Saturday, July 24, 2010

Clothesline Options

A while back I mentioned that I was thinking about trying a clothesline (see Memory Of A Clothesline). It's been years since my family had one. So when I started researching line drying, I had no idea there were so many options on the market now! I was only familiar with what I had seen growing up; an umbrella clothesline and the traditional T poles with line stretched between them. Of course I knew that the Europeans were famous for their urban alley lines that went from building to building, but since I live in a rural area, I never really considered it much.

Photo Credit: romkey

If space is tight, your yard small, or you’re lacking a few buildings, the umbrella version (also known as a rotary clothesline) is a great choice. I’m seriously thinking of using this one at my own homestead because I live where there are tight restrictions for clotheslines. Even though I have nearly 5 acres of land, it can’t be visible to neighbors. An umbrella line would be easier to conceal behind a couple of trees as opposed to a long line stretching across a broad area.

The T-pole type is my favorite because it just looks nostalgic. This option would be ideal for those with long narrow lots, or if you wanted to conceal it on the side of your house or behind a building. It does require a bit more walking around, whereas the umbrella pole can mostly turn where you stand.

Another newcomer to the clothesline market is the bracket system with removable lines.  Similar to retractable lines, they are nice if you only use a clothesline on occasion or if you live somewhere that requires you to use the space for multiple uses where you don’t want a line up all the time, such as a back patio, balcony, or garage. The retractable line would also be ideal for basements in winter or in front of a wood stove.  Check out this video to see how easy it is to put up and remove.

Photo Credit: Dan

The European pulley version still works best when you are working above ground level and you have some kind of structures around you to utilize for both ends. As romantic as these seem in photos along cobblestone streets and stucco buildings with tile roofs, I don’t know if it would look as good on my own homestead. You'd really have to love a clothesline 24/7.

The wall mounted clotheslines were totally new to me. These attach to the wall of your home, either inside or out, and can be raised up when needed and lowered when not in use. The only requirement is a large blank wall and space in front of it when hanging laundry out to dry. If you live in an area that restricts clotheslines, this would be an option for a garage or basement. And I’m thinking it would be easy to conceal on the backside of my house. (See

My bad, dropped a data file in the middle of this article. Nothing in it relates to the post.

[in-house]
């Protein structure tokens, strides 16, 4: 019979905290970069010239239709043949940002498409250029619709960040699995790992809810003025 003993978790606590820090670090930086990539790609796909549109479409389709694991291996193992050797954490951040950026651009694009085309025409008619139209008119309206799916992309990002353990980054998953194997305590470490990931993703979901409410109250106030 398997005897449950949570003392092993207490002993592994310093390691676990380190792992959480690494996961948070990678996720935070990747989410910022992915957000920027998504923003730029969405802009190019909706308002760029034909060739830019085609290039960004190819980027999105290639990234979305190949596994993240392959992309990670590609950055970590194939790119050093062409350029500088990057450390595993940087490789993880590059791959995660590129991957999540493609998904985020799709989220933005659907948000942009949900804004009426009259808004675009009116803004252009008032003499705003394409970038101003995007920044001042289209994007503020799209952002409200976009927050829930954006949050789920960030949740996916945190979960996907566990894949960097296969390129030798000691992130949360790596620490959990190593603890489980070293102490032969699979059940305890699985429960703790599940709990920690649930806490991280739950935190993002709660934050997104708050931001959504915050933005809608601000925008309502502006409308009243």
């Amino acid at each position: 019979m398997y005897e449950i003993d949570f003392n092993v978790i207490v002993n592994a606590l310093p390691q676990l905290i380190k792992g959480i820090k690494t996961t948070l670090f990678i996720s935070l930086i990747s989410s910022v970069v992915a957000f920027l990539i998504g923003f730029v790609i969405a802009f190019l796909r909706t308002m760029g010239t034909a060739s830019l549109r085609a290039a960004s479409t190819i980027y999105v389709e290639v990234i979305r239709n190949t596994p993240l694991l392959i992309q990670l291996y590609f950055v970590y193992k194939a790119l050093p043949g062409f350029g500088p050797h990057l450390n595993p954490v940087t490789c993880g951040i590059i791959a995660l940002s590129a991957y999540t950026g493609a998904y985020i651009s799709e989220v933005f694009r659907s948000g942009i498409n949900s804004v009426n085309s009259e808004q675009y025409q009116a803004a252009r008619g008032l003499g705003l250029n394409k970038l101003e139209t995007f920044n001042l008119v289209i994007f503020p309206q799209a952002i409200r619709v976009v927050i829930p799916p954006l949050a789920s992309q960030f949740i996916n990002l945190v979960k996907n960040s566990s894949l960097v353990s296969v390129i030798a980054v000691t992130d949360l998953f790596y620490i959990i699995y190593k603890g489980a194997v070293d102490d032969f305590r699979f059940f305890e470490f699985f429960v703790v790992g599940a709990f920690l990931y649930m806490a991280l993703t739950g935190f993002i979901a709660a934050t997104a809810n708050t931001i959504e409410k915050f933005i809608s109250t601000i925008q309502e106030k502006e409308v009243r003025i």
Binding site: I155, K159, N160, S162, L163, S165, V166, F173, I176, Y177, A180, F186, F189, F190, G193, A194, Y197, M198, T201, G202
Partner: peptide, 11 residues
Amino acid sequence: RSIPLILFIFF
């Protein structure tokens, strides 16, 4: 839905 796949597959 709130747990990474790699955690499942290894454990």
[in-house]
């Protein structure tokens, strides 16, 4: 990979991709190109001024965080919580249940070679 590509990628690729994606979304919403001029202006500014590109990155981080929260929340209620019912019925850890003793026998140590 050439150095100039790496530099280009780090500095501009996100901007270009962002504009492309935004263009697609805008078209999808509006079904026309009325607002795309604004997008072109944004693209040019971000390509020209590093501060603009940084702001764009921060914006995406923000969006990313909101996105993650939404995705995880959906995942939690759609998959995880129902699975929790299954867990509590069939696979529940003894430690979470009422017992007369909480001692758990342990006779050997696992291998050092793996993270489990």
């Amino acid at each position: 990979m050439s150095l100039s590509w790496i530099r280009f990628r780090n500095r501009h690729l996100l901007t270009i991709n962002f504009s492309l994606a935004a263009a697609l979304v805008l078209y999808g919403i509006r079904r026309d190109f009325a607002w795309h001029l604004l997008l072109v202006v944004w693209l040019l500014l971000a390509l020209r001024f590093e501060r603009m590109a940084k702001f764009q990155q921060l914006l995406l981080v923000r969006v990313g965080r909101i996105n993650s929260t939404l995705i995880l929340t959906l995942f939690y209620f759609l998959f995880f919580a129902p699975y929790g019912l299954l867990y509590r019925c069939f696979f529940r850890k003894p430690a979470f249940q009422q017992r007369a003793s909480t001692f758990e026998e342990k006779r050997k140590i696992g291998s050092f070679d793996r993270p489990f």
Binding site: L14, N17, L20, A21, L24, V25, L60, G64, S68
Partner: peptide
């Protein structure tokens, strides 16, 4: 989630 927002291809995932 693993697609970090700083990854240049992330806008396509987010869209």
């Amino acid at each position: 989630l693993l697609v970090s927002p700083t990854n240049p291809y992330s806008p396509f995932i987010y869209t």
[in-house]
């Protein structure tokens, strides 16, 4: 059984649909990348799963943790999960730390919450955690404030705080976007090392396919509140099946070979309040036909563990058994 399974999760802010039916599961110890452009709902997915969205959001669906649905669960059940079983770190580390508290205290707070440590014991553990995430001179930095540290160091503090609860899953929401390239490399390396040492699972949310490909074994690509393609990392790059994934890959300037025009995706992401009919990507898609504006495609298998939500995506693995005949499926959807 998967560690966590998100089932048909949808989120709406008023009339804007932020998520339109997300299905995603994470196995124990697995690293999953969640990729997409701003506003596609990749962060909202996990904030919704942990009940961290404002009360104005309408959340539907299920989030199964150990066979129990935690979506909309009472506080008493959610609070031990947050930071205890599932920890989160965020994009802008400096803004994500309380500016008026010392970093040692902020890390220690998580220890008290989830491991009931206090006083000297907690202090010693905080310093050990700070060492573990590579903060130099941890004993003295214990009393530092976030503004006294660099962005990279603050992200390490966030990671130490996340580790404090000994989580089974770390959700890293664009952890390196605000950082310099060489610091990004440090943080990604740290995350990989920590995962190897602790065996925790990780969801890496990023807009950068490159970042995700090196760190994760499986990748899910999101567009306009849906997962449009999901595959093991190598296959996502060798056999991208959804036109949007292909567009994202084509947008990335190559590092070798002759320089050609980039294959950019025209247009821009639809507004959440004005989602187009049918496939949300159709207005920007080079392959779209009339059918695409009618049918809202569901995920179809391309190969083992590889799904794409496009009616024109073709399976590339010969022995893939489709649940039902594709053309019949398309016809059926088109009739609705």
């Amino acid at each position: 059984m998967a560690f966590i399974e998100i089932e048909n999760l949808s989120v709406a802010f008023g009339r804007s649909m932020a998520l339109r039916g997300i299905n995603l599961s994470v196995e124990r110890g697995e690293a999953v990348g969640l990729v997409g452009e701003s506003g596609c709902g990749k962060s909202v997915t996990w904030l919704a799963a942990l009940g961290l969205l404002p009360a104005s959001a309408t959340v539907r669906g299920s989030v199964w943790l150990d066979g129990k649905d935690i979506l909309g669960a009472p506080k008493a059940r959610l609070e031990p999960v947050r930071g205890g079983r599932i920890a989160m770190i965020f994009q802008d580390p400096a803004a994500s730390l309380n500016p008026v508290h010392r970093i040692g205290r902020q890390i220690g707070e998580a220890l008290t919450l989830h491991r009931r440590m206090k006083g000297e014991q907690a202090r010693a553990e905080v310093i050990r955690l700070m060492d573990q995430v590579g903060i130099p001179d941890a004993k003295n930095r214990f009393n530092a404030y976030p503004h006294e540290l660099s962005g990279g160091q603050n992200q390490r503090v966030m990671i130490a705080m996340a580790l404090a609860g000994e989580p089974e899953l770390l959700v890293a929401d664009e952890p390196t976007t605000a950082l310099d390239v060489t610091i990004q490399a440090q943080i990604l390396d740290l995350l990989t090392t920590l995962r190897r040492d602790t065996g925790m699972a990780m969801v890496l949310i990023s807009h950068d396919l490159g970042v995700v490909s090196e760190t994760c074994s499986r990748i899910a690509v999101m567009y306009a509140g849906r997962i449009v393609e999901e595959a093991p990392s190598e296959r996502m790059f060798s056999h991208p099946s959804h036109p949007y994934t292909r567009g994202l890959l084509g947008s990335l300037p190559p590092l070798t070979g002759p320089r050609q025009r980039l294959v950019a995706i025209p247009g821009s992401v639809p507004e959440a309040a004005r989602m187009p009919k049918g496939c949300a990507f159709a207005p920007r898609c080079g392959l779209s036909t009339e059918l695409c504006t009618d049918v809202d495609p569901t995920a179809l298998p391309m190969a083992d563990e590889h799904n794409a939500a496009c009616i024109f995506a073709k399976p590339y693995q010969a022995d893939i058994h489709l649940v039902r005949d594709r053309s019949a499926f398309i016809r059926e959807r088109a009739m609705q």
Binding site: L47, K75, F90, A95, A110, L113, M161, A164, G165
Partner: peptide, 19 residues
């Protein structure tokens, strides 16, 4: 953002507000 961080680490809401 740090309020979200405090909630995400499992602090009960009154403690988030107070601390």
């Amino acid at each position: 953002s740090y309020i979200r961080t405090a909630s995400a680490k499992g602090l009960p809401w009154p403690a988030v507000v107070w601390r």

You'll also want to consider the type of line you use, because they are not all the same. According to The Old Farmer's Almanac:

Plastic clotheslines are waterproof and allow you to clean or wipe them, but they are typically thin and harder to grip. The clothespin isn't going to hold as tightly as on a thicker line.

Multifilament polypropylene or nylon lines are lightweight, water and mildew resistant and of course, strong. But... clothespins don't grip well if the line is slippery and this is often the case with nylon.

Basic, old fashioned cotton clotheslines are hard to beat because they grip the pin well, but they won't be as strong and definitely attract dirt and dust as well as mildew.

Before purchasing, be sure the clothesline will work in your area and be suitable for your family. Consider how many clothes you wash in a day and make sure you have enough drying space on your lines (the average load of wash uses about 35 feet of line). And be sure to leave a tail of extra line because it will stretch! All that water weight in the clothes will eventually cause it to sag and you'll want to cinch it up a bit. 

Photo Credit: peppergrass

Clotheslines run anywhere from $20 - $250, so shop around before purchasing.If you’re new to clothesline drying, try an inexpensive model until you’re sure you like it enough to make a larger investment. Consider how long it will take you to recover your costs. Most likely, it will be about two months of no-dryer use to break even, so be sure you’re willing to commit at least that long.

One more consideration... If you have a homeowners association that restricts clothesline use, find out if they actually prohibit the use of the clothesline or do they just want it to not be visible, in which case you just will need to be creative. Some homeowners associations are open to what the majority want, and with the economy on the down side, they might be willing to make a change. Talk to your neighbors and see how they feel about it.

Photo Credit: rhonda023